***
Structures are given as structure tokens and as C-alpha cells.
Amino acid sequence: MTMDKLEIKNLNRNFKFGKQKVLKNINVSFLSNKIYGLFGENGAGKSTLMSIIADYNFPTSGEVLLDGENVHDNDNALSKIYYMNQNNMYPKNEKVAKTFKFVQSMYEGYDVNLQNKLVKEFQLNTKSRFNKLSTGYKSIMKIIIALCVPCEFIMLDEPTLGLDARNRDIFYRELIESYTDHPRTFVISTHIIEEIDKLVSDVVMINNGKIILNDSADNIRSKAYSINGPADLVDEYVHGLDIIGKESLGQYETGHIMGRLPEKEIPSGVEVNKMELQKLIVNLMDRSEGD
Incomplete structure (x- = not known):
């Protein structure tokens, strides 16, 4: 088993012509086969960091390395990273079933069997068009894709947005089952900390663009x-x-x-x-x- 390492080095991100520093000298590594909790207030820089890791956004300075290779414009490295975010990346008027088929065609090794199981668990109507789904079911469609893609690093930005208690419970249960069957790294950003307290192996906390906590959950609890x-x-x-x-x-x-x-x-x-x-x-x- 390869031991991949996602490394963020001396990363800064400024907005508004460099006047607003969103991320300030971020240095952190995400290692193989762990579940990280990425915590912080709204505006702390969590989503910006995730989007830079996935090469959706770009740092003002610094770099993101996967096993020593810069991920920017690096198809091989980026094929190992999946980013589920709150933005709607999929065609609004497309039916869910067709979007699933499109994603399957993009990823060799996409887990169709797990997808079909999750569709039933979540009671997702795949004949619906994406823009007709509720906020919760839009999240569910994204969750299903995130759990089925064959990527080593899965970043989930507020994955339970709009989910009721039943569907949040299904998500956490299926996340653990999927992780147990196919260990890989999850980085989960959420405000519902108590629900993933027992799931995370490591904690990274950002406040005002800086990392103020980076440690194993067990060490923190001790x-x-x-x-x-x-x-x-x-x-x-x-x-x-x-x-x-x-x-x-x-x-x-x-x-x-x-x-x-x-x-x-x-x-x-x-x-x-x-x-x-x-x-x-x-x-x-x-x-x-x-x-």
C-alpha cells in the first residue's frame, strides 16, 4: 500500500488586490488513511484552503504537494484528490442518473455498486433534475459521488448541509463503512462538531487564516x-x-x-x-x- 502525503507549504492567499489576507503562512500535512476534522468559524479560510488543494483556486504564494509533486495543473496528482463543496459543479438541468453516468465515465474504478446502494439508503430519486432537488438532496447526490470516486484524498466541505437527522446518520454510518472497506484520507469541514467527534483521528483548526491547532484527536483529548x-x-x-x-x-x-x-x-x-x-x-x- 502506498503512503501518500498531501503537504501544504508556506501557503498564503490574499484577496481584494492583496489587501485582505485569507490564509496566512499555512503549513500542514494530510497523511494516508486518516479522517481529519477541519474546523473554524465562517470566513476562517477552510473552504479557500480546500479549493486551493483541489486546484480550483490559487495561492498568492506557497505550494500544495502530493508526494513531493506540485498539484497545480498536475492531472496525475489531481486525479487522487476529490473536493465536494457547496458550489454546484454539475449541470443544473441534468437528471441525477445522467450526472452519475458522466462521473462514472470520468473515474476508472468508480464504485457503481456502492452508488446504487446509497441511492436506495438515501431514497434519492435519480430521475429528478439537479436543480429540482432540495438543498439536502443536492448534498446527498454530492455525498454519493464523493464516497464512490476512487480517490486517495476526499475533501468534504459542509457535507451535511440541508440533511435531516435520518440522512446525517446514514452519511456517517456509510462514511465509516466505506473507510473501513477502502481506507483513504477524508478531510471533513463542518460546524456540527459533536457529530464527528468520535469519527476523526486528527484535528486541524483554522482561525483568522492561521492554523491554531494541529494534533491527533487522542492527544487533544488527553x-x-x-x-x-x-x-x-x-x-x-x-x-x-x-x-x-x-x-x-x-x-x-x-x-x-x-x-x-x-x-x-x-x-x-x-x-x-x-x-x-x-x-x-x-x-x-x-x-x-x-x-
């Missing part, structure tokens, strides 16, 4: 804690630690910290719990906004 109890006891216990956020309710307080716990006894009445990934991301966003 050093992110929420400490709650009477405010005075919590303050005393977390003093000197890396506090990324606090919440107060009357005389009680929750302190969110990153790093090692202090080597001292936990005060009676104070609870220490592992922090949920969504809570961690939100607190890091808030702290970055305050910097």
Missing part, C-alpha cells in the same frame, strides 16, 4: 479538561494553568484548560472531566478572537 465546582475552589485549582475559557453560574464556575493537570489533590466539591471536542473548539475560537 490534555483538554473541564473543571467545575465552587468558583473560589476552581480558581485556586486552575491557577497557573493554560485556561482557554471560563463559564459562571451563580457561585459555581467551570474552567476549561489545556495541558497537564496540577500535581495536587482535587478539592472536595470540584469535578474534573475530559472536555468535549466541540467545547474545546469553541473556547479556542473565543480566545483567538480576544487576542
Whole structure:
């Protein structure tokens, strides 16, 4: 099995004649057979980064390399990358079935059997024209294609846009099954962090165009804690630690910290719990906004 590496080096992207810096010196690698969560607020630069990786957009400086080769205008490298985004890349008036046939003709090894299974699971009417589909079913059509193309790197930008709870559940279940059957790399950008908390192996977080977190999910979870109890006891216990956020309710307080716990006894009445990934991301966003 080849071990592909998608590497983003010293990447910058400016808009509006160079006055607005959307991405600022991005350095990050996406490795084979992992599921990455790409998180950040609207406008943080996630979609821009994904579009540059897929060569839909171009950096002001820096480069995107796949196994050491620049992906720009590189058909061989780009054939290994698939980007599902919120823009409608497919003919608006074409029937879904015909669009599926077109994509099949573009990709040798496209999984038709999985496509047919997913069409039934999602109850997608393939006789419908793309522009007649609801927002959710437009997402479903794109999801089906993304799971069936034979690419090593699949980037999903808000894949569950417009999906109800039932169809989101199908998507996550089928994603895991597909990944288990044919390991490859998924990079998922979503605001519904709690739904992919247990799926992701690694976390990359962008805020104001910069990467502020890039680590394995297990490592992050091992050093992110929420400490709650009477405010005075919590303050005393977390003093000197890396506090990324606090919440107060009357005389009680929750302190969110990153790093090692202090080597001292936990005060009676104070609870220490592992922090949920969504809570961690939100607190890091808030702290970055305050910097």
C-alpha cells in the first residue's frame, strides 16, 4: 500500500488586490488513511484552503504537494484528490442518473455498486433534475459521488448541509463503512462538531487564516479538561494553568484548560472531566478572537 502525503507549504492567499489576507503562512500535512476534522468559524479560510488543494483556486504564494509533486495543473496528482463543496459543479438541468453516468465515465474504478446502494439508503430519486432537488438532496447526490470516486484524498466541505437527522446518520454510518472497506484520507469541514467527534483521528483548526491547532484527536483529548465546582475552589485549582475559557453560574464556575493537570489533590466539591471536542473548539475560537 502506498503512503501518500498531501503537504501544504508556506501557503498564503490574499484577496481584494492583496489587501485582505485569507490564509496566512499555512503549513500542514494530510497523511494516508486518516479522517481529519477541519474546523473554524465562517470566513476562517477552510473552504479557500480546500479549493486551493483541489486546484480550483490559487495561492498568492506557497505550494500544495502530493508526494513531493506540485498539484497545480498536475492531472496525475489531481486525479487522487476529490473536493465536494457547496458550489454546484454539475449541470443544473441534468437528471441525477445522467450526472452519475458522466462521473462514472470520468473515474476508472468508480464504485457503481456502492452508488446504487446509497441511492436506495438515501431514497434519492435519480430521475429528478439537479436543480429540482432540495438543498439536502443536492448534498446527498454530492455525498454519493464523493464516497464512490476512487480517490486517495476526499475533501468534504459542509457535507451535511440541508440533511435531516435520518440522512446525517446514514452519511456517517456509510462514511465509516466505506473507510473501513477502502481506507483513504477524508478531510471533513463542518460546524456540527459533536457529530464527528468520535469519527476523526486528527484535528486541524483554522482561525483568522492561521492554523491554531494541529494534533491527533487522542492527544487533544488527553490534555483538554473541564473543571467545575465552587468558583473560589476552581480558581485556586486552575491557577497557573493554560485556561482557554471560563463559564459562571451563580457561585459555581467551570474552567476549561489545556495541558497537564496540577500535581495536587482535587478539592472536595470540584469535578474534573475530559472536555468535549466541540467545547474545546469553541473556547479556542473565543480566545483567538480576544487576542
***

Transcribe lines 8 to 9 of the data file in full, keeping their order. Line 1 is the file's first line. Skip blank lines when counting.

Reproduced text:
Whole structure:
């Protein structure tokens, strides 16, 4: 099995004649057979980064390399990358079935059997024209294609846009099954962090165009804690630690910290719990906004 590496080096992207810096010196690698969560607020630069990786957009400086080769205008490298985004890349008036046939003709090894299974699971009417589909079913059509193309790197930008709870559940279940059957790399950008908390192996977080977190999910979870109890006891216990956020309710307080716990006894009445990934991301966003 080849071990592909998608590497983003010293990447910058400016808009509006160079006055607005959307991405600022991005350095990050996406490795084979992992599921990455790409998180950040609207406008943080996630979609821009994904579009540059897929060569839909171009950096002001820096480069995107796949196994050491620049992906720009590189058909061989780009054939290994698939980007599902919120823009409608497919003919608006074409029937879904015909669009599926077109994509099949573009990709040798496209999984038709999985496509047919997913069409039934999602109850997608393939006789419908793309522009007649609801927002959710437009997402479903794109999801089906993304799971069936034979690419090593699949980037999903808000894949569950417009999906109800039932169809989101199908998507996550089928994603895991597909990944288990044919390991490859998924990079998922979503605001519904709690739904992919247990799926992701690694976390990359962008805020104001910069990467502020890039680590394995297990490592992050091992050093992110929420400490709650009477405010005075919590303050005393977390003093000197890396506090990324606090919440107060009357005389009680929750302190969110990153790093090692202090080597001292936990005060009676104070609870220490592992922090949920969504809570961690939100607190890091808030702290970055305050910097």